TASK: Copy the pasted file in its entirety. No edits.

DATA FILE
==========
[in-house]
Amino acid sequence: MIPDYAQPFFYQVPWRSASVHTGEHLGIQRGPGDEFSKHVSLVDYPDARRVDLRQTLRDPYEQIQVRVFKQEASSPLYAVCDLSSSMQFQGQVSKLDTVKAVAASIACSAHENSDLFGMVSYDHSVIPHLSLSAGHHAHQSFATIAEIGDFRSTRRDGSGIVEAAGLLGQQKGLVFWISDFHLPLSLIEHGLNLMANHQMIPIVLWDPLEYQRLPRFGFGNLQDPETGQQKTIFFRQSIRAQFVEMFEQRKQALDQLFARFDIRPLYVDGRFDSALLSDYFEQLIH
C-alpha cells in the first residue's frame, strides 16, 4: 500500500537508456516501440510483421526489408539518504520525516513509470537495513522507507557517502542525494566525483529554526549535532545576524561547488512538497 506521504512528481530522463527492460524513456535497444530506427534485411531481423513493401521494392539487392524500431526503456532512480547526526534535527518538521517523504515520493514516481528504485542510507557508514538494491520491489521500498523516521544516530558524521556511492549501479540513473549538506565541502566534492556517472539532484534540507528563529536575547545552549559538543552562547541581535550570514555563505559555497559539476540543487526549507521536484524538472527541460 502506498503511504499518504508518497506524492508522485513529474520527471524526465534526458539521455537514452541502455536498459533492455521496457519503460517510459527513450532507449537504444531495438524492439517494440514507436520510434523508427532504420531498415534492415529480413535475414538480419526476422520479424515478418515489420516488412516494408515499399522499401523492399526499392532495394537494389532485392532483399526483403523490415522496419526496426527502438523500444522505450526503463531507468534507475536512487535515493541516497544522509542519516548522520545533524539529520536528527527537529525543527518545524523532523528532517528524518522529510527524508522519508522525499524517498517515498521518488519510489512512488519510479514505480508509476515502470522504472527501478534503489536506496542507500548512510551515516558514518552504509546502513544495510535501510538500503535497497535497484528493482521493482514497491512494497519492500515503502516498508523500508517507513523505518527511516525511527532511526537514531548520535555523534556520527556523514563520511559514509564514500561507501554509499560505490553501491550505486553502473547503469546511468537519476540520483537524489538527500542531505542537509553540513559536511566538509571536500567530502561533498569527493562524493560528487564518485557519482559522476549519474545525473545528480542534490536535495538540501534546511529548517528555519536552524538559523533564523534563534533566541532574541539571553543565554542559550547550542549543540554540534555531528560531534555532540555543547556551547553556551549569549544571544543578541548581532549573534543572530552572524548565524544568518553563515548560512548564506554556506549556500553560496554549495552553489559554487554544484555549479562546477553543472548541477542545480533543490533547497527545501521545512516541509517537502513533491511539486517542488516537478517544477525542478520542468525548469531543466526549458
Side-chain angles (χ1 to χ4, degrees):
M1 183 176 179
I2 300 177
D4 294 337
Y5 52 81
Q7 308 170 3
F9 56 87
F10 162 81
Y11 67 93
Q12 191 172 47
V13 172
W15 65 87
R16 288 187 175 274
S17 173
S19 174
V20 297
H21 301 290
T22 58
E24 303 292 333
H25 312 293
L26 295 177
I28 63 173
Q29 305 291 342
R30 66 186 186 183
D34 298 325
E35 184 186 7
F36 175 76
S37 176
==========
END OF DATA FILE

[in-house]
Amino acid sequence: MIPDYAQPFFYQVPWRSASVHTGEHLGIQRGPGDEFSKHVSLVDYPDARRVDLRQTLRDPYEQIQVRVFKQEASSPLYAVCDLSSSMQFQGQVSKLDTVKAVAASIACSAHENSDLFGMVSYDHSVIPHLSLSAGHHAHQSFATIAEIGDFRSTRRDGSGIVEAAGLLGQQKGLVFWISDFHLPLSLIEHGLNLMANHQMIPIVLWDPLEYQRLPRFGFGNLQDPETGQQKTIFFRQSIRAQFVEMFEQRKQALDQLFARFDIRPLYVDGRFDSALLSDYFEQLIH
C-alpha cells in the first residue's frame, strides 16, 4: 500500500537508456516501440510483421526489408539518504520525516513509470537495513522507507557517502542525494566525483529554526549535532545576524561547488512538497 506521504512528481530522463527492460524513456535497444530506427534485411531481423513493401521494392539487392524500431526503456532512480547526526534535527518538521517523504515520493514516481528504485542510507557508514538494491520491489521500498523516521544516530558524521556511492549501479540513473549538506565541502566534492556517472539532484534540507528563529536575547545552549559538543552562547541581535550570514555563505559555497559539476540543487526549507521536484524538472527541460 502506498503511504499518504508518497506524492508522485513529474520527471524526465534526458539521455537514452541502455536498459533492455521496457519503460517510459527513450532507449537504444531495438524492439517494440514507436520510434523508427532504420531498415534492415529480413535475414538480419526476422520479424515478418515489420516488412516494408515499399522499401523492399526499392532495394537494389532485392532483399526483403523490415522496419526496426527502438523500444522505450526503463531507468534507475536512487535515493541516497544522509542519516548522520545533524539529520536528527527537529525543527518545524523532523528532517528524518522529510527524508522519508522525499524517498517515498521518488519510489512512488519510479514505480508509476515502470522504472527501478534503489536506496542507500548512510551515516558514518552504509546502513544495510535501510538500503535497497535497484528493482521493482514497491512494497519492500515503502516498508523500508517507513523505518527511516525511527532511526537514531548520535555523534556520527556523514563520511559514509564514500561507501554509499560505490553501491550505486553502473547503469546511468537519476540520483537524489538527500542531505542537509553540513559536511566538509571536500567530502561533498569527493562524493560528487564518485557519482559522476549519474545525473545528480542534490536535495538540501534546511529548517528555519536552524538559523533564523534563534533566541532574541539571553543565554542559550547550542549543540554540534555531528560531534555532540555543547556551547553556551549569549544571544543578541548581532549573534543572530552572524548565524544568518553563515548560512548564506554556506549556500553560496554549495552553489559554487554544484555549479562546477553543472548541477542545480533543490533547497527545501521545512516541509517537502513533491511539486517542488516537478517544477525542478520542468525548469531543466526549458
Side-chain angles (χ1 to χ4, degrees):
M1 183 176 179
I2 300 177
D4 294 337
Y5 52 81
Q7 308 170 3
F9 56 87
F10 162 81
Y11 67 93
Q12 191 172 47
V13 172
W15 65 87
R16 288 187 175 274
S17 173
S19 174
V20 297
H21 301 290
T22 58
E24 303 292 333
H25 312 293
L26 295 177
I28 63 173
Q29 305 291 342
R30 66 186 186 183
D34 298 325
E35 184 186 7
F36 175 76
S37 176